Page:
As digital commerce extends into mobile technologies, growing numbers of consumers are integrating smartphones into their purchasing processes. This worldwide trend is moving fastest in certain emerging markets, where switched-on consumers are proving more apt to embrace m-shopping than are their developed market peers. New research shows that just 16 percent of US online consumers have used a mobile device to shop online, far short of consumers in emerging markets such as China and India.
After more than a decade of tracking consumers’ use of digital technology, global communications company Havas Worldwide has undertaken a major study to look at emerging paths to purchase around the world. Working with research partner Market Probe International, Havas Worldwide surveyed 10,219 adults in 31 countries, representing a combined population of more than five billion.
U.S. sample findings from the study include:
- In-store as showroom for digital commerce: Globally, 43 percent of those surveyed have used a smartphone to check for a better price or product reviews online while shopping for a product in a store. The practice is standard in China (74 percent), India (62 percent), and Singapore (58 percent). Yet, in the United States, less than one-third of consumers (32 percent) have used a mobile phone for comparison shopping or research while browsing a brick-and-mortar retailer.
- Americans are less likely to see a smartphone as a POS: Despite the majority of top retailers investing R&D dollars in mobile apps, only 26 percent of US consumers are comfortable purchasing products with their smartphones. Conversely, in China and India the majority of consumers are comfortable doing so (64 and 54 percent).
- Americans are less worried about privacy/security when shopping online: Despite high-profile security breaches regularly making headlines in the US, Americans are less concerned than their global counterparts about sharing sensitive information online or being the victim of fraud. Globally, 78 percent of consumers worry at least occasionally about their security when shopping online. More than half (54 percent) of respondents in Brazil worry every time they make a purchase online, as do 49 percent in Chile, 43 percent in Colombia and Mexico, and 32 percent in Argentina. Similarly, 37 percent in France and 33 percent in Italy are every-time worriers. In contrast, only 1 in 10 Americans worry every time they place an order online, and 1 in 4 report that they are never or only rarely concerned about the security of their information while making purchases online.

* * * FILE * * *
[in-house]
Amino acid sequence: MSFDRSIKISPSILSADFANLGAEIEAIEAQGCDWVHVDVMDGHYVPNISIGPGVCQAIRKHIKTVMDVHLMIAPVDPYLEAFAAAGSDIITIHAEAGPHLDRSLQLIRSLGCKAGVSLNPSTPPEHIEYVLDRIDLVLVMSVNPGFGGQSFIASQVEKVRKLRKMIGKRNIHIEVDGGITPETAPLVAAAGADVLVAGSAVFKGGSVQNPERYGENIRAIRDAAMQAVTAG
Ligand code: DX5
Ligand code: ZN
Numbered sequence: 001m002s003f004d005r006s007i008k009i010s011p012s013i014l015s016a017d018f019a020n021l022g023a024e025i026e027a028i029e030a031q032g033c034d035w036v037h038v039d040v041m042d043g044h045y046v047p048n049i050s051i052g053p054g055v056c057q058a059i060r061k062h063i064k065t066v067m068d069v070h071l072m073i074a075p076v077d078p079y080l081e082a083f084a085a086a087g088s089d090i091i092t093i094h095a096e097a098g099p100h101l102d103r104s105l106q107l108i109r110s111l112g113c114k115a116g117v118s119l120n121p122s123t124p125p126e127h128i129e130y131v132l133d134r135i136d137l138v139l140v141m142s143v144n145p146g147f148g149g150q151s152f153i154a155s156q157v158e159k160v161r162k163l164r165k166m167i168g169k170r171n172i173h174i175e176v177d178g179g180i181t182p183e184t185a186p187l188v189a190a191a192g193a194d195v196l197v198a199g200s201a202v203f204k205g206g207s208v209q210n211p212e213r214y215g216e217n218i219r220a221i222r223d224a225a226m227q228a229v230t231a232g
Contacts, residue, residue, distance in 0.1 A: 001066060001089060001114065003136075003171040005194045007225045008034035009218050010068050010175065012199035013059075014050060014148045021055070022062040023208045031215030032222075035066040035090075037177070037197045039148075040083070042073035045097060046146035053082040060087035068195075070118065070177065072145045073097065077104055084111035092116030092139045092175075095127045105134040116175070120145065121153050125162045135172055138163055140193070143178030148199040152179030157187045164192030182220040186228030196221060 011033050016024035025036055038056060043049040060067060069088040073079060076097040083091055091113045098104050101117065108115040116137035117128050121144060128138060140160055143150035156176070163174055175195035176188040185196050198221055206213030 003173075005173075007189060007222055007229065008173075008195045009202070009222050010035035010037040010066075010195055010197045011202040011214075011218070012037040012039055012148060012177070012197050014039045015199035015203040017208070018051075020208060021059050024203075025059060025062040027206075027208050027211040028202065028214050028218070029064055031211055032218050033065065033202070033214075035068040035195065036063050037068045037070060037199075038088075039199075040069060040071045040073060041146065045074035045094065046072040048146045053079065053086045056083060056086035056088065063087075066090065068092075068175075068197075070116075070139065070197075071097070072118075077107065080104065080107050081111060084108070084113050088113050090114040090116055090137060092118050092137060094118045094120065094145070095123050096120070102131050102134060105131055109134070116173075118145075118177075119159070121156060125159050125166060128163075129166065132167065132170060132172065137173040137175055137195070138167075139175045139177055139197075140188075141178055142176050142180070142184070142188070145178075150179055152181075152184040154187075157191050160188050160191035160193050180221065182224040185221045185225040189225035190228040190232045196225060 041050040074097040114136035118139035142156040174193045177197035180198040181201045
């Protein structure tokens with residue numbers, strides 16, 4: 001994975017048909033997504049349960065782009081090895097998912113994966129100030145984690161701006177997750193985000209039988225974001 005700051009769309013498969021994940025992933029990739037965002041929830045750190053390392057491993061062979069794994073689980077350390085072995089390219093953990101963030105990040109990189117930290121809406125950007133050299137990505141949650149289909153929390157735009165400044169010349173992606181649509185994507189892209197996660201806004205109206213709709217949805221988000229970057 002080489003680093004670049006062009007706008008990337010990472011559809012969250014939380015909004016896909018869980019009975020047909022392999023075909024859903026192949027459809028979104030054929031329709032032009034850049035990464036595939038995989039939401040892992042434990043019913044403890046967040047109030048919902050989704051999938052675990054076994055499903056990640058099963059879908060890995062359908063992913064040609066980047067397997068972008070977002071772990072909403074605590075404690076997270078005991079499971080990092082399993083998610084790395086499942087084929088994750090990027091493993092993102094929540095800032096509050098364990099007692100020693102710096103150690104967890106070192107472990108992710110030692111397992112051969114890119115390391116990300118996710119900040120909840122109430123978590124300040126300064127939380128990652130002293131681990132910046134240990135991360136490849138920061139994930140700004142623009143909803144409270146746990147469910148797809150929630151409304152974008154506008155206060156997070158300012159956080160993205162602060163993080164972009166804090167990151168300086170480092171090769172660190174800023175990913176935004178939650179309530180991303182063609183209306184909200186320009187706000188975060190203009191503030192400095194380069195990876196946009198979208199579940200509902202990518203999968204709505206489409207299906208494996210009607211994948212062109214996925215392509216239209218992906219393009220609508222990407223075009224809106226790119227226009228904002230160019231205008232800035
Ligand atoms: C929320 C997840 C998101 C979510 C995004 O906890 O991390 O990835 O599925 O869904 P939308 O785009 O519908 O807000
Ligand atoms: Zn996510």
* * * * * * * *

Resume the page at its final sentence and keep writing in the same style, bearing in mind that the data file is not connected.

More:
- Peer reviews have less influence over Americans: More than 3 in 5 global respondents (61 percent) trust peer reviews of products and services more than they trust expert reviews. Here, too, percentages are far higher in China and India (87 and 74 percent), as well as Brazil (78 percent), than in the US (58 percent).
“Our study explores how consumers are moving on from the last decade’s relatively simple and static model of digital commerce to the more complex and dynamic systems of m-shopping, using a mix of fixed and mobile devices,” says Matt Weiss, Global Chief Marketing Officer of Havas Worldwide. “This shift is most pronounced in Asia, where wider adoption of m-shopping is giving brands and developers great incentive to push through new mobile-centric services. They’re well placed to be ahead of the curve in the coming generations of m-shopping technologies and systems.”
“Brands and their marketers need to understand that mobile technologies are far more than just desktop digital in a handier format, especially in markets where desktop is not as common,” says Marianne Hurstel, Vice President, Havas Worldwide’s BETC and global chief strategy officer, Havas Worldwide. “They are radically changing the consumer-brand relationship. Mobile devices provide each consumer with a personal 24/7 media space in which they control who and what appears.”
“The evolution of digital from a desktop paradigm to a mobile paradigm makes it far more difficult for marketers to retain consumers’ attention,” says Matt Weiss. “In markets where smartphones are the norm, brands must aim to create preference by developing apps that make transactions quick and seamless, and that offer more value than the consumer can find elsewhere. More and more, this will mean making smart use of data to engage people at point of purchase with tailored offers that convince them to close the deal.”
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